In fact, there aren’t many Finnish pieces originally written for harp in the time between 1890 and 1930. I started transcribing different Finnish pieces for harp after this party I was playing at in Karelia, Finland. I was asked to play Finnish music on the harp, not the kantele, and I didn’t have anything to play. The Finnish music I did play until then was mostly very modern and not appropriate for the event, and so I opened a Finnish piano music book, and chose a piece by Oskar Merikanto. I played it, and I thought to myself – why shouldn’t I transcribe more Finnish piano pieces for harp? It’s very pretty music. After ten years, I had dozens of transcribed pieces. I wrote my transcriptions on vacations and in the summer holidays – it became my main hobby. Back then I had to find the original material first, buy a lot of sheet music and visit many music libraries. Today it is all much easier thanks to the internet, but it was ten years ago that I had the idea to publish some of these transcriptions in a book, or even record them on a CD. Only last year this idea began to become a reality. It’s been hectic, but now the book and the CD are coming out, and I will be able to bring them with me when I come to Israel. The book and the CD feature music by Sibelius, Merikento and many others.
This is a good time to mention that both the book and the CD will be available for purchase at the venue before and after the concert, and that additional information about them can be found on Annie’s site: http://anniharp.com/.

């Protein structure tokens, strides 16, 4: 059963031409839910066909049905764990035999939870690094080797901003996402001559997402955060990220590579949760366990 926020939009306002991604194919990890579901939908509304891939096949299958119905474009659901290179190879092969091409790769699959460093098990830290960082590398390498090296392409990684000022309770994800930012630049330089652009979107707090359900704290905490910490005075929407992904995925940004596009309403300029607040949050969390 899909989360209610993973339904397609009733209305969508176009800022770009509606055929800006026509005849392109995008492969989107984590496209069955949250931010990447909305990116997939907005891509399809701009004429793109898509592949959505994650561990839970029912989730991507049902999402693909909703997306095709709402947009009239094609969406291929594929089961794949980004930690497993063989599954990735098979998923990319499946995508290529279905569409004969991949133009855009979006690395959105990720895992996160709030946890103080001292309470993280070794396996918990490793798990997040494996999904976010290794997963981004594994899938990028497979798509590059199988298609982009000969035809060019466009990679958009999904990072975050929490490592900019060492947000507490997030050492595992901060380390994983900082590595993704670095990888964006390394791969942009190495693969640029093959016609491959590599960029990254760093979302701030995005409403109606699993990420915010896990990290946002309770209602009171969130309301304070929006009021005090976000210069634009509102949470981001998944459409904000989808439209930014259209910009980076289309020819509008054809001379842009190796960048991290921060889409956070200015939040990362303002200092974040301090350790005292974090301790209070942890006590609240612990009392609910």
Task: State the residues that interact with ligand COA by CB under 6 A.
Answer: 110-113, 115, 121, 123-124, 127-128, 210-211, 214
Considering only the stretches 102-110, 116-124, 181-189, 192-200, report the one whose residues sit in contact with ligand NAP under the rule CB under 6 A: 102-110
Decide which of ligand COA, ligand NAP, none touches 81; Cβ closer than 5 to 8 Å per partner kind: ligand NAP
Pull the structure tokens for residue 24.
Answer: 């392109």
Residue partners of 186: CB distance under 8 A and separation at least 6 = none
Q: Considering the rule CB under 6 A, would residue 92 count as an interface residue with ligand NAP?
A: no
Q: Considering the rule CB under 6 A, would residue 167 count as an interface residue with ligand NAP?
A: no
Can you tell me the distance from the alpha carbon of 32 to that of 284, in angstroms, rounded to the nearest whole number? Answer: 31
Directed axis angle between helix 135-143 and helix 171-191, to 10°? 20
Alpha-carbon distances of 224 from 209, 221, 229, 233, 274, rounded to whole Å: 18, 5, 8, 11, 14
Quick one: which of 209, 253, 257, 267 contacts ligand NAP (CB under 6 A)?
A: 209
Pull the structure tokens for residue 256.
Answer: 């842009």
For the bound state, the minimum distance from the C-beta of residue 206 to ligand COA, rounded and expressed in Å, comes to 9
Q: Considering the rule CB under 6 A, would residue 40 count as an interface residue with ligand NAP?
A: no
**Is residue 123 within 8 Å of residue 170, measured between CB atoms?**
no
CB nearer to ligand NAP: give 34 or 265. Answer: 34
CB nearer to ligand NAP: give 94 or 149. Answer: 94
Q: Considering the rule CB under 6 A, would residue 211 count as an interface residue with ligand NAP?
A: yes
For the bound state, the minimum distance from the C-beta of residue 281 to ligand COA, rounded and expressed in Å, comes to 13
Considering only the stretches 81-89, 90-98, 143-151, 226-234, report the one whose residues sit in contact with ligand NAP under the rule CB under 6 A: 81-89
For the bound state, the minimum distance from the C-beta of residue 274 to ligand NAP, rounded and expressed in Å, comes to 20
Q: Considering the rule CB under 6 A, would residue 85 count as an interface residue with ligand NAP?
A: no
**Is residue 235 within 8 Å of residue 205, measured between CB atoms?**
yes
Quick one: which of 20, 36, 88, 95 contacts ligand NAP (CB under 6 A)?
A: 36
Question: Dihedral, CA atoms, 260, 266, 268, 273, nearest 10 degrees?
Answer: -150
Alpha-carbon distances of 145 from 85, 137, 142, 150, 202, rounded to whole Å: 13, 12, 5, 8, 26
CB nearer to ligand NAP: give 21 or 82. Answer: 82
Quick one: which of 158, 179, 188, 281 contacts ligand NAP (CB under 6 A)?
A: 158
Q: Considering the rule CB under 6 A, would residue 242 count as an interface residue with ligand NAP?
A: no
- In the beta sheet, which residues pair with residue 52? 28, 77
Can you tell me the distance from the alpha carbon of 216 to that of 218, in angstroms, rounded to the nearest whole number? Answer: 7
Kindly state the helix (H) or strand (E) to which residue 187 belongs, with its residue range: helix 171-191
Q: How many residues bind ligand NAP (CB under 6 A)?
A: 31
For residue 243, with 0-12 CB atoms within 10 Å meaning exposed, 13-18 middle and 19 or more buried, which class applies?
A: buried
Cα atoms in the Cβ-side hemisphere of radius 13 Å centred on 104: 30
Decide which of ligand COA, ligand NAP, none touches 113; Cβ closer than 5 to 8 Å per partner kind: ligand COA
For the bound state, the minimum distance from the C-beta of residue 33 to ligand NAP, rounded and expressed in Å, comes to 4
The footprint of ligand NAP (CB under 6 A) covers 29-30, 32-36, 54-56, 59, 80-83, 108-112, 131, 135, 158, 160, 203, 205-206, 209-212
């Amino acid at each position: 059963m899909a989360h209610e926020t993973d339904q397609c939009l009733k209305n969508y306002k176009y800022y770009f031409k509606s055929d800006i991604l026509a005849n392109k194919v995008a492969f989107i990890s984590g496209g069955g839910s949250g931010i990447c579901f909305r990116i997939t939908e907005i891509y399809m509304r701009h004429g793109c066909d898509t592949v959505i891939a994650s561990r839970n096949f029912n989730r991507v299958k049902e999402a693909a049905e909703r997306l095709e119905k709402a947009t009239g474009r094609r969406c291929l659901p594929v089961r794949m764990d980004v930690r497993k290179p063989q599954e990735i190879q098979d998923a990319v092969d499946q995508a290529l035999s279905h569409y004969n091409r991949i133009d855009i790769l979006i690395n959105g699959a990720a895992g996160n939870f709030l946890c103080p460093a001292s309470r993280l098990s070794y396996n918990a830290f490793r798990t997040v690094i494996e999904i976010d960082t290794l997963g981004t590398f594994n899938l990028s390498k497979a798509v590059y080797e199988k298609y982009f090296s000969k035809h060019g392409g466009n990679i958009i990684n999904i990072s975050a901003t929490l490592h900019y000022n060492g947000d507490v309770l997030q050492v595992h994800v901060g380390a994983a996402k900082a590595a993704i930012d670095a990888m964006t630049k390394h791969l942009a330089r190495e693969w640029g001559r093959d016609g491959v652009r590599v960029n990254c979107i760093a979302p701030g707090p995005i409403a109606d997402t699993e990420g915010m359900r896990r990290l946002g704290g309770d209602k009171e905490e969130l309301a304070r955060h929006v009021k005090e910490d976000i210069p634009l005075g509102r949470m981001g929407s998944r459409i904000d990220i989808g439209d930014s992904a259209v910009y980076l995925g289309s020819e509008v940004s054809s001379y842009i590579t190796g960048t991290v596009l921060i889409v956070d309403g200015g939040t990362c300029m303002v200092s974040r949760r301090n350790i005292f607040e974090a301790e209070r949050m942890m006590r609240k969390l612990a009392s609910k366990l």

Tell me about a strange or unique performance experience you’ve had
It was in Lapland, near Rovaniemi. I was giving harp lessons and workshops to a youth orchestra, and we were performing in a theatre on a mountain top, that had a narrow, wooden, kilometre long bridge leading up to it. It was very scary moving the harp there, because the trolley was exactly as wide as the bridge itself. If the harp had fallen over, it would have been completely smashed. In the end, we managed to move four harps there and back. In the concert itself we played harp quartets, trios and solo pieces. It was fun. Fun and scary.
Another interesting performance I had was in a chamber music festival in Kuhmo. We were playing Conte Fantastique by Andre Caplet. My thumb was very dry and sore, and right in the middle of that bloody piece, it tear opened, and my blood started dripping on the harp… It was a nightmare! The story of the piece itself is suitably unpleasant and gruesome though. It’s based on a story by Edgar Ellen Poe, “The Mask of The Red Death”.
Maurice Ravel. I would have asked him to write a harp solo piece. I love his music so much, and he writes so well for the harp.